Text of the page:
Did the Secret Service scandal in Colombia leave the President less secure on his trip to the Summit of the Americas? The Secret Service says no, but reporter/author Ronald Kessler disputes that — and wonders why heads haven’t rolled yet at the agency, and not just for this incident. Kessler, who recently wrote a book on the Secret Service and its role in protecting the President, spoke with CBS News this morning to emphasize that this is not an unexpected and inexplicable aberration, but the result of bureaucratic complacency and poor morale at the Secret Service. Heads should have rolled in 2009, Kessler says, when the Salahis infamously crashed a state dinner at the White House:

Two of the Secret Service personnel sent home were supervisors, Plante said; the rest were part of a detail assigned to logistics. None of those relieved of duty was a member of the president’s protective detail.

On “CBS This Morning: Saturday,” Kessler said the Secret Service has a culture of corner-cutting.

“They don’t have enough agents, they don’t even put people through metal detectors sometimes because there’s pressure to let everybody in,” Kessler said. “It’s like letting passengers in an airplane without putting them through metal detectors. They don’t keep up-to-date with the latest firearms. They don’t even do physical tests. So, it’s a culture that leads to this kind of problem.”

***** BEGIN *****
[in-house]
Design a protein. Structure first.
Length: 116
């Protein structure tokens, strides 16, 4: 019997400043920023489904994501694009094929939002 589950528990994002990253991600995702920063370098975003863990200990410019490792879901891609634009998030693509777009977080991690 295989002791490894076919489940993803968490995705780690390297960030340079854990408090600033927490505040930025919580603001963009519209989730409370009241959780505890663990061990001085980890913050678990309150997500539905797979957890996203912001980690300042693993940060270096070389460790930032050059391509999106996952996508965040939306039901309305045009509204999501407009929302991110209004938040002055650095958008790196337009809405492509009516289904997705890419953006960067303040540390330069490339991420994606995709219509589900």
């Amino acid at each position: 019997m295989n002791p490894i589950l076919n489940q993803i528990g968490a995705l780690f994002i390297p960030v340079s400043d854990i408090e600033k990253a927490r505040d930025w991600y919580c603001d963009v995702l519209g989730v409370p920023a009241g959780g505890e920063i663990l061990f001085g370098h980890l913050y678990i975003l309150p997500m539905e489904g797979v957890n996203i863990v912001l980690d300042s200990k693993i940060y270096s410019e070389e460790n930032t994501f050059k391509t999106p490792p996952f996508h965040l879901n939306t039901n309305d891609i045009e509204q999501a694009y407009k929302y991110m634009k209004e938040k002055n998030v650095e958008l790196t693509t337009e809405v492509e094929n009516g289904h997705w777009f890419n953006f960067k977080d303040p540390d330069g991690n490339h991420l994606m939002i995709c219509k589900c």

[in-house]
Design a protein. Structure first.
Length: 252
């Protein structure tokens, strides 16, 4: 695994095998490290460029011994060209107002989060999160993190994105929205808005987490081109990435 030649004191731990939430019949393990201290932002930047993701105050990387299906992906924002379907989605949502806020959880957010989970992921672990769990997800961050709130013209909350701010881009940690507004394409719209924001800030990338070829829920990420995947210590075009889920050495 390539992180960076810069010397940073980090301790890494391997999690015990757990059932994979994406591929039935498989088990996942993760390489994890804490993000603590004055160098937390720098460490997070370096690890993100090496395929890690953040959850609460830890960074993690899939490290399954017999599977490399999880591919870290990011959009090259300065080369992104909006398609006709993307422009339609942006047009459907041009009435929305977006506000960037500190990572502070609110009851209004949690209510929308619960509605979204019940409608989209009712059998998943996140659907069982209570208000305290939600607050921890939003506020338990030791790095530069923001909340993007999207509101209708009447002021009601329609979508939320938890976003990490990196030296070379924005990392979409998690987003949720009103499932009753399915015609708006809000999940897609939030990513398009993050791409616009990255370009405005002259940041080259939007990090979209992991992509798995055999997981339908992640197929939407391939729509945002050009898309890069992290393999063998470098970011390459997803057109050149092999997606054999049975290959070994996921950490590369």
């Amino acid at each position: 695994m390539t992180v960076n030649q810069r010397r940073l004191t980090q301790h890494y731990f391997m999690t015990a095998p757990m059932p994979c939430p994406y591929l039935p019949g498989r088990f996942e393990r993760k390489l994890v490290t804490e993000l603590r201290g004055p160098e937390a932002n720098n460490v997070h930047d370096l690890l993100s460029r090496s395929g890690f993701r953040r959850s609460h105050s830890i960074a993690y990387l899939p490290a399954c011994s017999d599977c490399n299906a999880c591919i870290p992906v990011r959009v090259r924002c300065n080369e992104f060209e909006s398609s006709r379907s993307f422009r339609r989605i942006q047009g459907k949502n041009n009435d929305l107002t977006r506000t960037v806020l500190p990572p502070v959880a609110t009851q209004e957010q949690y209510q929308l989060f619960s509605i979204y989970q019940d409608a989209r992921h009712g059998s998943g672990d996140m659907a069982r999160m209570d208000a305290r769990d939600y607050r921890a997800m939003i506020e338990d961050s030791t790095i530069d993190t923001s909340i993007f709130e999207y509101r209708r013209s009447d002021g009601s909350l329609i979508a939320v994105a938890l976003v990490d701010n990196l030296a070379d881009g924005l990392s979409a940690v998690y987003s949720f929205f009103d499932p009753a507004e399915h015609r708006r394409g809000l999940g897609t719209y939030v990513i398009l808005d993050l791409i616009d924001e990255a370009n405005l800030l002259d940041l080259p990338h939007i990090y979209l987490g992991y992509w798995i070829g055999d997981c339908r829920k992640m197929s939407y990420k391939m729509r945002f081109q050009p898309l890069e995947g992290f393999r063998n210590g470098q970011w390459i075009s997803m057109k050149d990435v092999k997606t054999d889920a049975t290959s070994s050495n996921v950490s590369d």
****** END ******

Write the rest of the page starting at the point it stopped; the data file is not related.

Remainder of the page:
Kessler pointed to a couple crashing a White House state dinner without an invitation as an example of a potential security threat.

He said that Mark Sullivan, director of the Secret Service, should have been fired after the fiasco involving gate-crashers Michaele and Tareq Salahi, but has continued in the same position because of President Barack Obama’s confidence in the agency.

None of those relieved were part of the President’s protective detail, but that’s because the protective detail always remains with the President.  That protective detail relies on the advance team to focus on setting up security and to identify potential threats.  The core detail can’t do their jobs effectively unless the advance teams do theirs.  As Kessler points out, the departure of the team that did that advance work necessarily makes the protective detail’s job more difficult as the new supplemental team has to get up to speed on what the original advance team was supposed to be doing.

Presumably, Congress will want to take a very close look at the Secret Service when the legislature returns from recess next week, and this should be one investigation that has bipartisan support in both chambers.  We disagree on policy, but everyone wants the Secret Service to do an effective job protecting the President.  If Kessler’s right, that may mean making some changes.

Update: Wait — it gets worse:

The U.S. military says five service members supporting the Secret Service in advance of President Barack Obama’s visit may have been involved in inappropriate conduct and have been confined to quarters. Obama is in Colombia for a Summit of the Americas.

White House spokesman Jay Carney said the incident with the military personnel stems from the same episode involving about a dozen members of the Secret Service who were called back to the U.S. for an investigation into possible misconduct.

What. The. Hell.